Some companies will devote a portion of an executive off-site to alignment with a corporate vision. I recall attending a leadership retreat during my corporate days where over 100 of the company’s top executives were divided into groups of eight or ten to try and restate the company vision statement as a new formula. Near the end of an hour devoted to this effort, designated group leaders would present their vision statement to the full audience of attendees. The COO and CEO would comment or nod affirmation of elements they liked. Of the dozen or so statements presented, none would endure as “the one” to guide the company forward. 100 hours of executive time gone in a flash.
Fast forward to my direct work with company leadership teams. While aligning a corporation’s vision to reasonable objectives, I’ve learned it matters a lot who is at the table and what role the most senior person plays in the exercise. Development of a vision statement requires two essential conditions and one overarching parameter.
The essential conditions
1. The right people need to be at the table
2. The right permissions need to be in place to allow collaboration
Too many cooks can spoil the soup when working on strategic initiatives. I don’t subscribe to having every constituency in a company represented among the participants in this type of strategic effort. There is a time and place to include the rest of the workforce, but save that energy for the “how” issues. Strategic vision is about “why” the company does something.My corporate experience of a large group of executives flailing with a new vision statement proved to be a colossal waste of precious executive time that would have been better spent at the mock “casino night” bonding experience. Click To Tweet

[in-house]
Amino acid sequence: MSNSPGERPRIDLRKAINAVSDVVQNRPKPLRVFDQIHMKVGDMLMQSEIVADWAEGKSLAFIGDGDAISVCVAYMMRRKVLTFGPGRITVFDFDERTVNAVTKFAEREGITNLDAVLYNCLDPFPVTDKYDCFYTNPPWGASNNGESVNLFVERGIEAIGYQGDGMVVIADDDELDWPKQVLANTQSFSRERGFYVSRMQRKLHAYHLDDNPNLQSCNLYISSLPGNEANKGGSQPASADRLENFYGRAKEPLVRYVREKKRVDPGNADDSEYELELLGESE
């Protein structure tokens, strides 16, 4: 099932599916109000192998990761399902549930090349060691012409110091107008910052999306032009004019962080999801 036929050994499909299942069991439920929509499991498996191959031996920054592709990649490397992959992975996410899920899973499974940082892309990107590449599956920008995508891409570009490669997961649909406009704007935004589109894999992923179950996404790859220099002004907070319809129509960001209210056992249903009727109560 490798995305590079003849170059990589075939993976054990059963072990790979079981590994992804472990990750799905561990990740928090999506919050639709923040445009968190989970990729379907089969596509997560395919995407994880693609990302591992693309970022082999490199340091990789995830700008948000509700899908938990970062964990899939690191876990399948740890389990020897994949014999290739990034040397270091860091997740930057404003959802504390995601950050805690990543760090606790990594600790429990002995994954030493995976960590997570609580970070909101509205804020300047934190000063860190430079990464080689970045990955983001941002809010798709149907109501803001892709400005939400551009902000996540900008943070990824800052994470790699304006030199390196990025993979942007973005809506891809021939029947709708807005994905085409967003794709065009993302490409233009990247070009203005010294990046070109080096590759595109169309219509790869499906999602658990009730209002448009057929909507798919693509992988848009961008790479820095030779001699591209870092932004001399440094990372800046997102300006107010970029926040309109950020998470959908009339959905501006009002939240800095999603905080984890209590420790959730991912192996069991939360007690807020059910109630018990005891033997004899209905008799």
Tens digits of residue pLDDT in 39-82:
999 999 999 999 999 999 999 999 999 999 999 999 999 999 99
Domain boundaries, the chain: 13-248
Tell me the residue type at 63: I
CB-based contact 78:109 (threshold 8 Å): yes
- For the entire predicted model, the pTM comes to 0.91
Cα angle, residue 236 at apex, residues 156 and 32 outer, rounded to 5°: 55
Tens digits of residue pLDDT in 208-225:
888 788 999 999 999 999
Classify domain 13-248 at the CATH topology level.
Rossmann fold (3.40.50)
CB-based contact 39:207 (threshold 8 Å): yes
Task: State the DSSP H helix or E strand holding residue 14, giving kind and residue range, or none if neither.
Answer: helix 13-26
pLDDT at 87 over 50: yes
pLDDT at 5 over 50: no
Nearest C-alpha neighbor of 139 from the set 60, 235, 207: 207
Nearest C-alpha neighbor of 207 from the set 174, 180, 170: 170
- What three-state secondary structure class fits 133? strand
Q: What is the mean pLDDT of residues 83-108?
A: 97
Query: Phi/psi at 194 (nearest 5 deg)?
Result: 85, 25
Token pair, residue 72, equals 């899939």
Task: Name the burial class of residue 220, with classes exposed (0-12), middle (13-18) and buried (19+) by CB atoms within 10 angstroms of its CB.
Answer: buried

The overarching parameter
What do we aspire to be in the next two years?
“But strategic vision is about the long term,” you say. Well, yes, it is, and I would agree that you don’t want to be changing your vision too much every two years. However, if you look back just two years, we were deep in the throes of the pandemic. Uncertainty was everywhere as we struggled to identify a collective response among governments, industries, schools, and our personal lives.
Flash forward to 2022, and the onset of a recession is now undeniable. Supply chain issues continue to remain unsettled, and we are clearly on to the next challenge. We are in for a period of economic disruption that many did not anticipate. Costs are increasing across the board in overhead, recruiting and retention, and our personal lives. Revisiting the vision makes sense in terms of what is now possible vs. what is no longer possible.
Having a strategic vision much beyond 2-3 years wastes leadership energy and draws our focus toward things that will likely not be within our control. Focusing too much effort too far out on the horizon will prevent your company from adapting to conditions in the moment. Giving strategic vision “just a little more time to take hold” contributes to the calcification of ideas and, ultimately, a loss of focus on what you can actually control.
Don’t believe me? Look at the makeup of the Dow Jones Industrial Average, 30 of the largest companies in the United States reflecting a measure of the economy.
What do these companies all have in common?
- Exxon Mobil
- General Electric
They are all former members of the Dow Jones Industrial Average. Why former? They failed to adapt and clung to a strategy and model for too long. Do you think because those companies are so big, that the learning point doesn’t apply to you and your company? If so, check your eyeglass prescription (the other kind of vision) and look again.
Really, How’s Your Vision?
Learn more about the Sentient Strategy® so you can move strategically in 12-18 months, as you focus on things that matter and that you have some control over.